There are some distinctions though. /*Delta*/ and /*Dawn*/ were humpback /*whales*/ and the one that has been spotted now we're told is a gray whale. These whales are coastal creatures and can migrate as from as far north as Alaska, all the way to Mexico. Although we may not notice them all the time, they do visit quite frequently.
If you looked long enough and hard enough at the right spot at the right time, then like Linda Paulsen of San Francisco, you might have seen what experts describe as a gray whale just inside the Golden Gate Thursday morning.
The whale first appeared off Fort Point on Wednesday, but it only went public Thursday. It's a juvenile measuring about 50 feet long.
Kelly Montano of the National Park Service was one of the first to see the whale Wednesday and kept mum about it, with good reason. This happens quite often with grays.
"Well, you probably see three or four. Most of the whale people know when they come in, but they try to keep it low profile so they don't get hassled by a lot of boats," says Stan Minisian, a naturalist with the Oceanic Society.
Minisian notes that gray whales have battled back from the brink of extinction two times in 250 years. They are coastal creatures. Only recently has their status changed from endangered to threatened.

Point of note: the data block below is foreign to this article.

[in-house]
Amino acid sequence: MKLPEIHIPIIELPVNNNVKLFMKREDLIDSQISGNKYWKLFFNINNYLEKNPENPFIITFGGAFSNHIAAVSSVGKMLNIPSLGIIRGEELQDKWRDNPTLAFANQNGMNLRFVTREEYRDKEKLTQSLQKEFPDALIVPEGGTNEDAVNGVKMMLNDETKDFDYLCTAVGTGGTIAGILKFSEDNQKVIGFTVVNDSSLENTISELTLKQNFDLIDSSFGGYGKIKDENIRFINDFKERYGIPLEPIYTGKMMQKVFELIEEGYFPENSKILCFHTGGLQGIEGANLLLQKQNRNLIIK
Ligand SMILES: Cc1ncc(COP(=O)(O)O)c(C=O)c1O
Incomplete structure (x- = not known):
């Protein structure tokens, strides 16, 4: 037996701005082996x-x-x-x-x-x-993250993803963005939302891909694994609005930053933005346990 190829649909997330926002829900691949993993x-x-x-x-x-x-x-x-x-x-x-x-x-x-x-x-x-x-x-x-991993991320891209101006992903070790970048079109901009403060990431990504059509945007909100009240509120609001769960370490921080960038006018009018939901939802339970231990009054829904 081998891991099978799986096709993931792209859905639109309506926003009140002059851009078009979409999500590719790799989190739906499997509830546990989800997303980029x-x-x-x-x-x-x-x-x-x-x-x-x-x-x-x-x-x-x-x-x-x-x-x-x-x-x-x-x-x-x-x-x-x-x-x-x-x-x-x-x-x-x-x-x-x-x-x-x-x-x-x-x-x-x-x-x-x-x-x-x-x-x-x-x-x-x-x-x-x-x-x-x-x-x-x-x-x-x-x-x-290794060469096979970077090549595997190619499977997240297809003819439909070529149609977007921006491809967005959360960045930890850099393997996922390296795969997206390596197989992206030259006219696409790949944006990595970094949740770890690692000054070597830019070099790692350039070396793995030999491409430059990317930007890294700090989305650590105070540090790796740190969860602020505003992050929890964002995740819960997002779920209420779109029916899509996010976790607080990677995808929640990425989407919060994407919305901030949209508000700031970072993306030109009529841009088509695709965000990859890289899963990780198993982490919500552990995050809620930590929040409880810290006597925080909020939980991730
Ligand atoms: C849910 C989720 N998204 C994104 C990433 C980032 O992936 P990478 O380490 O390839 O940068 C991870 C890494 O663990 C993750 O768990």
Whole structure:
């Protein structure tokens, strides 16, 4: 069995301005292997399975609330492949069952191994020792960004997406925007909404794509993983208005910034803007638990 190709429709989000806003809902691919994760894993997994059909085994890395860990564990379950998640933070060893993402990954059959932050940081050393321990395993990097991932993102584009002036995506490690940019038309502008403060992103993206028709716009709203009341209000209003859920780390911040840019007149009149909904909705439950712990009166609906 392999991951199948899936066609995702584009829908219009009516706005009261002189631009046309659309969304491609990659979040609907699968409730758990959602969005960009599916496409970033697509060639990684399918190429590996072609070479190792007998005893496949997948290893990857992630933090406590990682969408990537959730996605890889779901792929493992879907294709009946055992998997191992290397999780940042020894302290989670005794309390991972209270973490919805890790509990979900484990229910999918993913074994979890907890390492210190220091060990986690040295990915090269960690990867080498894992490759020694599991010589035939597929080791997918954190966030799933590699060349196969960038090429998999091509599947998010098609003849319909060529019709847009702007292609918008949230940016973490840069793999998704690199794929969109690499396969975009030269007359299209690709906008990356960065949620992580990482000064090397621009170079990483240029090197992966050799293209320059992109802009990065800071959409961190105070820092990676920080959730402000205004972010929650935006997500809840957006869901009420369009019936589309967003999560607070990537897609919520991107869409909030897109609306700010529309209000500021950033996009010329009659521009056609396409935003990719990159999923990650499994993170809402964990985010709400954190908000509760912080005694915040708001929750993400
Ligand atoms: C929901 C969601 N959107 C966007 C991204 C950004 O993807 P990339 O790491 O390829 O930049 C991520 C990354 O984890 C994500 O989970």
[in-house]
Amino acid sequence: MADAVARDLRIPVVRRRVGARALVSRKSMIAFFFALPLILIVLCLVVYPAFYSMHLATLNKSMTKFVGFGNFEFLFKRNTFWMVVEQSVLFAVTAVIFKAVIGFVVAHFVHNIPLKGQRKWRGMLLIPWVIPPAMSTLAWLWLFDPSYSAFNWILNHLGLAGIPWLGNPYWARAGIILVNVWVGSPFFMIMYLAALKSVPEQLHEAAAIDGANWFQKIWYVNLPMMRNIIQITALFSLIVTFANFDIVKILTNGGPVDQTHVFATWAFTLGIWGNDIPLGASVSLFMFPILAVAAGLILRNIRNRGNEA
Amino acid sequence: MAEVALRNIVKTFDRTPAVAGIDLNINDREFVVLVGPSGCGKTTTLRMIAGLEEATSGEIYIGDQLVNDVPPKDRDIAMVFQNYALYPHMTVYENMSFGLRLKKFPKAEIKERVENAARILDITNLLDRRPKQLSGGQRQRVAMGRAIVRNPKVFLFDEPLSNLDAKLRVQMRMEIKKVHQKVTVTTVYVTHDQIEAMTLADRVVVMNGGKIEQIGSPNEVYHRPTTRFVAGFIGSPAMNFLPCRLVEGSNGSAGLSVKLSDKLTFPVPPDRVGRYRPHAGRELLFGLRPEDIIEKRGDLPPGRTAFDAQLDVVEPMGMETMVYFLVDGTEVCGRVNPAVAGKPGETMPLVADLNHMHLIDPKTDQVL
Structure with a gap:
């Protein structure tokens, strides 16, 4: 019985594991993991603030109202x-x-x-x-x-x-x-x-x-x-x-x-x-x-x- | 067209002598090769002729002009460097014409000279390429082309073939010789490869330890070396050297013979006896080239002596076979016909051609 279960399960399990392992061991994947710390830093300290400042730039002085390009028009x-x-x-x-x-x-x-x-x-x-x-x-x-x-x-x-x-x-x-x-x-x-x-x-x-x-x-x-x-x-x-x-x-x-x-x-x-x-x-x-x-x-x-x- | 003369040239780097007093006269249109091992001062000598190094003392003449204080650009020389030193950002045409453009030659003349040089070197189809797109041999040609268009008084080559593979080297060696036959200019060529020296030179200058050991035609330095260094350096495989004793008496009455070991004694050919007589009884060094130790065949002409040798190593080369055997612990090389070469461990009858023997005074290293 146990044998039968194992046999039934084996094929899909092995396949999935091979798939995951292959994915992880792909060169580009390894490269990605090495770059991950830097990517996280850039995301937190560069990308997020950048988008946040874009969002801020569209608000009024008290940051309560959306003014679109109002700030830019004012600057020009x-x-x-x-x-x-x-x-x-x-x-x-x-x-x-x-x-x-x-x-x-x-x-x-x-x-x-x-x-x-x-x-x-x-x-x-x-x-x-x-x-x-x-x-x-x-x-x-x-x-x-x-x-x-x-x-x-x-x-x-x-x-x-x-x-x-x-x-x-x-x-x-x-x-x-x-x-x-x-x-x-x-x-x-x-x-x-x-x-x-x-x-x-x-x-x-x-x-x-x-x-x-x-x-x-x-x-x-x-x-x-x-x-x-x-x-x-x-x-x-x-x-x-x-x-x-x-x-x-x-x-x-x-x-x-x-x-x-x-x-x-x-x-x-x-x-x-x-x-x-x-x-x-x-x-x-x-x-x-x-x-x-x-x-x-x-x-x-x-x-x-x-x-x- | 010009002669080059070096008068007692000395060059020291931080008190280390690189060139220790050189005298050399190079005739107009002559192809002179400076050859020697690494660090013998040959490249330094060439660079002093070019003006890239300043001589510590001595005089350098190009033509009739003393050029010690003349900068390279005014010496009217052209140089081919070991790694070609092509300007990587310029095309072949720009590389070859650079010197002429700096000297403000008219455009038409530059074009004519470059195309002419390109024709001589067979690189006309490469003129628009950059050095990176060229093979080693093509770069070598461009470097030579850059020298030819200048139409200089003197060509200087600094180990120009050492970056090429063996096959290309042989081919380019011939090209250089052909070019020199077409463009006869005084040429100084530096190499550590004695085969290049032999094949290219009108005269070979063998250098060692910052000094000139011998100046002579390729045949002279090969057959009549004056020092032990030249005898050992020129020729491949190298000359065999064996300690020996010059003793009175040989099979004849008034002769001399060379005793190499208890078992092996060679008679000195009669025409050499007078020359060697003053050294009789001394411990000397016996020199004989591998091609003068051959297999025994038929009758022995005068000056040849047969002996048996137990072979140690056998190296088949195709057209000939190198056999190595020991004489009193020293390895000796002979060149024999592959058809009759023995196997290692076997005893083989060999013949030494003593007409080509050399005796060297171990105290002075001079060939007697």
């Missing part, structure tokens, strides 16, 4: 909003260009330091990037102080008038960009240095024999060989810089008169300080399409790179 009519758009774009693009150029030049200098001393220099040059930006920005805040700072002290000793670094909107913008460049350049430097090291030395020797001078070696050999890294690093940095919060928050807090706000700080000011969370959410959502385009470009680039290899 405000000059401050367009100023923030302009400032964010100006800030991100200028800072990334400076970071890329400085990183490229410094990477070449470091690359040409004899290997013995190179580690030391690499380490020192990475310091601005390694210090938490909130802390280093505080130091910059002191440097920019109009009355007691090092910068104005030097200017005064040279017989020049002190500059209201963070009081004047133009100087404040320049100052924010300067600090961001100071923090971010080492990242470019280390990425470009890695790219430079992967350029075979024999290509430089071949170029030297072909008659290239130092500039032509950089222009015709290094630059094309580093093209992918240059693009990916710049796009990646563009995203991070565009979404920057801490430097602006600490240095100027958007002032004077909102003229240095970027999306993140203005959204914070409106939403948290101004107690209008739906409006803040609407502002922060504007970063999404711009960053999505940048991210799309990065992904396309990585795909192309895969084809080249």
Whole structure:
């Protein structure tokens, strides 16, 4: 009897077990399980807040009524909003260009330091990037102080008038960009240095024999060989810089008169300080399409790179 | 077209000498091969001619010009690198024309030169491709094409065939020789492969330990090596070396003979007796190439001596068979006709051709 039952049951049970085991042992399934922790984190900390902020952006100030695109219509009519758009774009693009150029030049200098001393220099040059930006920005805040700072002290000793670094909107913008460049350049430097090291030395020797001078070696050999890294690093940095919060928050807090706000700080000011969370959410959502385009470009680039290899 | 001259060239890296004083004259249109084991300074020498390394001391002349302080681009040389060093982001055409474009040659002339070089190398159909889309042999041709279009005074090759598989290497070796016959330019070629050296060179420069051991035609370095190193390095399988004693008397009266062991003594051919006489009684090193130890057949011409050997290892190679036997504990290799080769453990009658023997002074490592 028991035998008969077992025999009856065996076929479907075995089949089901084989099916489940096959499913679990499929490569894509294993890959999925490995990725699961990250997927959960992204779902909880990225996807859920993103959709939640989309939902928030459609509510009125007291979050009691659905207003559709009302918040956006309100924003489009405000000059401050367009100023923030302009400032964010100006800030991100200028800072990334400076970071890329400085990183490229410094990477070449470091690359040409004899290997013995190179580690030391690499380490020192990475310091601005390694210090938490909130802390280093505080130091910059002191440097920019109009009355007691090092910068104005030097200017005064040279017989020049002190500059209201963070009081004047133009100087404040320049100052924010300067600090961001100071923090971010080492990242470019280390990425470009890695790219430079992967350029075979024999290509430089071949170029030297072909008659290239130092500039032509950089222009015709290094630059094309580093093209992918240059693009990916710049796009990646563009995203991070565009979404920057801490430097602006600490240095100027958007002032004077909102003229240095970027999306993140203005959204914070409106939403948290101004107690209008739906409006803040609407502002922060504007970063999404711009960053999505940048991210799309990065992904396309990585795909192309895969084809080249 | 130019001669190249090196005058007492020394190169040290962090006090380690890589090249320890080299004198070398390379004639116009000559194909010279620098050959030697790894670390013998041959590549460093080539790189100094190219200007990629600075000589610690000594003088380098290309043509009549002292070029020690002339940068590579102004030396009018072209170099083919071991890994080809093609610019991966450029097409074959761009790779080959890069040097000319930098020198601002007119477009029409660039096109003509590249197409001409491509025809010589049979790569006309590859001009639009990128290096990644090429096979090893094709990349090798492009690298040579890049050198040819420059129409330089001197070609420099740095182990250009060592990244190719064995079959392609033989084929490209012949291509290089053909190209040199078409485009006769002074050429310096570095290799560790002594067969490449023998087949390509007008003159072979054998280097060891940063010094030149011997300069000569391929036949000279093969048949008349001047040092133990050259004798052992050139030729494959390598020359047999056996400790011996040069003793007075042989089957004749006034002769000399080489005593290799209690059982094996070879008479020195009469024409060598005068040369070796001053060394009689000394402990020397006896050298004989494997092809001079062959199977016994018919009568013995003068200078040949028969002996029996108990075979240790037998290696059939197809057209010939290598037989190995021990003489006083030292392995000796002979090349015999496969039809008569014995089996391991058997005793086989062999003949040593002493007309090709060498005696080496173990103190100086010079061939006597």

That's why when a young gray journeyed up the Petaluma River in 1994, so many people worked so hard to save it. Eventually, this whale died near San Jose, a victim of its own migratory behavior.
"It's usually just like an exploratory thing. They're circumnavigating the coastline and some of them would just come into the bay and spend a couple of days or a week and leave," says Minisian.
But in the meantime, it's a pretty good show -- not just the whale, but the people watching the whale. It's a sign of the season, and for Linda Paulsen, a strange farewell. She moves away from San Francisco on Friday.
NOTE: There are archival video reports of whale stories we've covered in the past in the media player above on this page.